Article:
Nemchinov: I don’t know. It was on the Rangers. Mike Keenan, maybe? You played with three of the most famous leaders in hockey history: Slava Fetisov, Mark Messier, and Scott Stevens. What did you learn from them?

Nemchinov: They were all different, but they were great leaders in the locker room and on the ice. I learned a lot from them. You can’t sum it up in just one word. But they all knew how to change the atmosphere in the locker room in a positive way. It was amazing. You could feel their presence in the locker room. They made your confidence grow. You won your first gold medal at the World Juniors in 1983, including a 7-3 win over a Canadian team with Steve Yzerman and Mario Lemieux where you scored two goals. What do you remember about that experience overall

Nemchinov: It was in Leningrad. I had a good game there, and we had a good team. You know, for that tournament, we had a very good coach in Anatoli Kostriukov. He was old-school. He taught us how to play the game, not just to skate around, but improve our game. I remember we played two pre-tournament exhibition games against Czechoslovakia. They were back-to-back. The first game, we lost 9-1 or 8-1, something like that. The Czechoslovakians had a very good team that year with Vladimir Ruzicka, Petr Rosol, Frantisek Musil, and guys like that. The next day, we had practice in the morning. He put us on the ice and we skated a couple of laps, just easy. Then he called us all over to the boards, and he explained what we’d done, and how we should play in the next game in every zone. He went through it step by step. We finished the practice, and the next game, we went out and beat Czechoslovakia probably 9-1. It was a learning experience. He was a really smart guy. A true teacher. As you mentioned, your focus right now is Slovakia on December 30. What do you need to do there to be successful?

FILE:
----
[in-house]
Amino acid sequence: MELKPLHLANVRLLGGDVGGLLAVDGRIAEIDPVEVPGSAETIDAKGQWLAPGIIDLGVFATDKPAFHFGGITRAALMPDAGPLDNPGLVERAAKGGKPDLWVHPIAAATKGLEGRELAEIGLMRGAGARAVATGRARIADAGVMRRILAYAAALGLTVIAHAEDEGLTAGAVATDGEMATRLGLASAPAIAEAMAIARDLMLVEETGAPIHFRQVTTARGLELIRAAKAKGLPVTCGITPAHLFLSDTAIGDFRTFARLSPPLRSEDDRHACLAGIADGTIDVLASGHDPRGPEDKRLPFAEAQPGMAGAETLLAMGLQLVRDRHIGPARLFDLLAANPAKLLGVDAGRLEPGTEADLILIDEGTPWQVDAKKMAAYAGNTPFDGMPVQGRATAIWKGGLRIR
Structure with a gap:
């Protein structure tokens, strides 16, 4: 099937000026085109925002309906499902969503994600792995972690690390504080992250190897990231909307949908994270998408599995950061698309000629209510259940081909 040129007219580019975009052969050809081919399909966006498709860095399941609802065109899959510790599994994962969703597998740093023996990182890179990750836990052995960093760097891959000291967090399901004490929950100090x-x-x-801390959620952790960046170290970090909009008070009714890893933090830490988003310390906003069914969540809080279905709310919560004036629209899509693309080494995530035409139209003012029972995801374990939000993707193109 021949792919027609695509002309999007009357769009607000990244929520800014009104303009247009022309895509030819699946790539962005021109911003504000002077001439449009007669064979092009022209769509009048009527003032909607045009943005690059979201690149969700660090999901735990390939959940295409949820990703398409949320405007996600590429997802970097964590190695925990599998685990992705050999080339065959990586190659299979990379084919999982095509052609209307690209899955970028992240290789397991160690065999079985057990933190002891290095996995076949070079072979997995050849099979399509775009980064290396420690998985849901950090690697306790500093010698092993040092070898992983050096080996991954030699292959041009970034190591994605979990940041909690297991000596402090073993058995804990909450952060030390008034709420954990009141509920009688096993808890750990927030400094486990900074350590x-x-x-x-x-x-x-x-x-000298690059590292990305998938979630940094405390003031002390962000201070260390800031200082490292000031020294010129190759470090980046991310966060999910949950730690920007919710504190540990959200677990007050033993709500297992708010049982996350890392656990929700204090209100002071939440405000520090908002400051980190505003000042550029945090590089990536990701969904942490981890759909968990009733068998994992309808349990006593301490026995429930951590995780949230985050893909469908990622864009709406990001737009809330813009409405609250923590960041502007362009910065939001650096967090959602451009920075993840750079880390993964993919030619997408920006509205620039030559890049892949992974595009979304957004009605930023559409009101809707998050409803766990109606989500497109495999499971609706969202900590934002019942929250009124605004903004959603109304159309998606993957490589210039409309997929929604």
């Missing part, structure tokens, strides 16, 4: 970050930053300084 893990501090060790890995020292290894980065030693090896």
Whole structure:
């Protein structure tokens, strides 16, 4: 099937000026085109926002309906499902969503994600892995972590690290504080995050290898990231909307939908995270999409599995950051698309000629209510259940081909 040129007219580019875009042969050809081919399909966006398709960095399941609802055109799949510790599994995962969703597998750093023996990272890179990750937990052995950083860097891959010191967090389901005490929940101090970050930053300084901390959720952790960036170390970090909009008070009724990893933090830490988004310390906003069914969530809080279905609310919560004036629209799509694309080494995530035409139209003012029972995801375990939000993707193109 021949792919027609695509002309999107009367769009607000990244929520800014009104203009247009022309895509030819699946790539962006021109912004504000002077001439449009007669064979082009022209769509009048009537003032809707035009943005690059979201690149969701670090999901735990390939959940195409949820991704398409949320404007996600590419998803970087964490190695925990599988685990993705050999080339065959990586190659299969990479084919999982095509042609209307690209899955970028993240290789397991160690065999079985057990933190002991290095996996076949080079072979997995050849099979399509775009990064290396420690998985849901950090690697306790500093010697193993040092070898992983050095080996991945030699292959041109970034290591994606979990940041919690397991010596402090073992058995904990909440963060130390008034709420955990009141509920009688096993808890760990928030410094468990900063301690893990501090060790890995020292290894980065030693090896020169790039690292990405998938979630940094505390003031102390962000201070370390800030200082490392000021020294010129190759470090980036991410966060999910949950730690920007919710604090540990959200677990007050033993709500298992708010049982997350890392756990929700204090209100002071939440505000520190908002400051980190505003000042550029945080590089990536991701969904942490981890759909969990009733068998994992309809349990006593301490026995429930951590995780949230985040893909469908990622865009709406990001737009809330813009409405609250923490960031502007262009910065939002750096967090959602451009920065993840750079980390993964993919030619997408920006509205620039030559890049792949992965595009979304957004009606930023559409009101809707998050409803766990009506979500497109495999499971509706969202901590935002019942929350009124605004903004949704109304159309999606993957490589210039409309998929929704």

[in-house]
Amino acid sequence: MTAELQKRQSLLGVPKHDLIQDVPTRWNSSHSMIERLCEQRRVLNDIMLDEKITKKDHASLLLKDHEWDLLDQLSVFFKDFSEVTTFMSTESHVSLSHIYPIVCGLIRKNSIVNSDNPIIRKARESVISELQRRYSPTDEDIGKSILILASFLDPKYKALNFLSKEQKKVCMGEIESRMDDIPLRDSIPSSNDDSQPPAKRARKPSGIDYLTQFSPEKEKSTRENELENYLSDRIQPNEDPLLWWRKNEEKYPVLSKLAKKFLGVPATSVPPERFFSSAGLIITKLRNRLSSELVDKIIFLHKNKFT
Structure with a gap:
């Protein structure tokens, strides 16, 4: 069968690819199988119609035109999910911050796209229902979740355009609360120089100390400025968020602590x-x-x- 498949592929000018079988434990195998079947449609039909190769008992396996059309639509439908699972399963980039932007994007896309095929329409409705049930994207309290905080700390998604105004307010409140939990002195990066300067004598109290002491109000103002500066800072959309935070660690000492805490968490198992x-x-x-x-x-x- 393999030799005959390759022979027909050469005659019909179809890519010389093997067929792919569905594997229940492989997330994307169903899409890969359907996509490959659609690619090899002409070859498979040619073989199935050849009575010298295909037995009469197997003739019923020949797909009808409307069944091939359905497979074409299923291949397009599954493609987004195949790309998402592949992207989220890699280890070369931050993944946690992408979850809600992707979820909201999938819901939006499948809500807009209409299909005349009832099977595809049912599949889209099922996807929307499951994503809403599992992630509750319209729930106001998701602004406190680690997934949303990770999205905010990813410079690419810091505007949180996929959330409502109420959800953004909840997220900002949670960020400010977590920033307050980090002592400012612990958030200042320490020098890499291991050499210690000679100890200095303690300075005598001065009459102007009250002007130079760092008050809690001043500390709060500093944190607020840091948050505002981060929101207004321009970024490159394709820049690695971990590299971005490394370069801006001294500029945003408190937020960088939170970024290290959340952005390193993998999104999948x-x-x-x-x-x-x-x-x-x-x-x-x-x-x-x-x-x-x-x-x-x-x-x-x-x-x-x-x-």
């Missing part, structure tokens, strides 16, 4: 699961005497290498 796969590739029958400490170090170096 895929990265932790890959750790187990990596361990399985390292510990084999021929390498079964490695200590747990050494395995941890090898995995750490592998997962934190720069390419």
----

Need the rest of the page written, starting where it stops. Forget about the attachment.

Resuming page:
Nemchinov: We need to play better defensively, and when we’ve got scoring opportunities, we need to capitalize.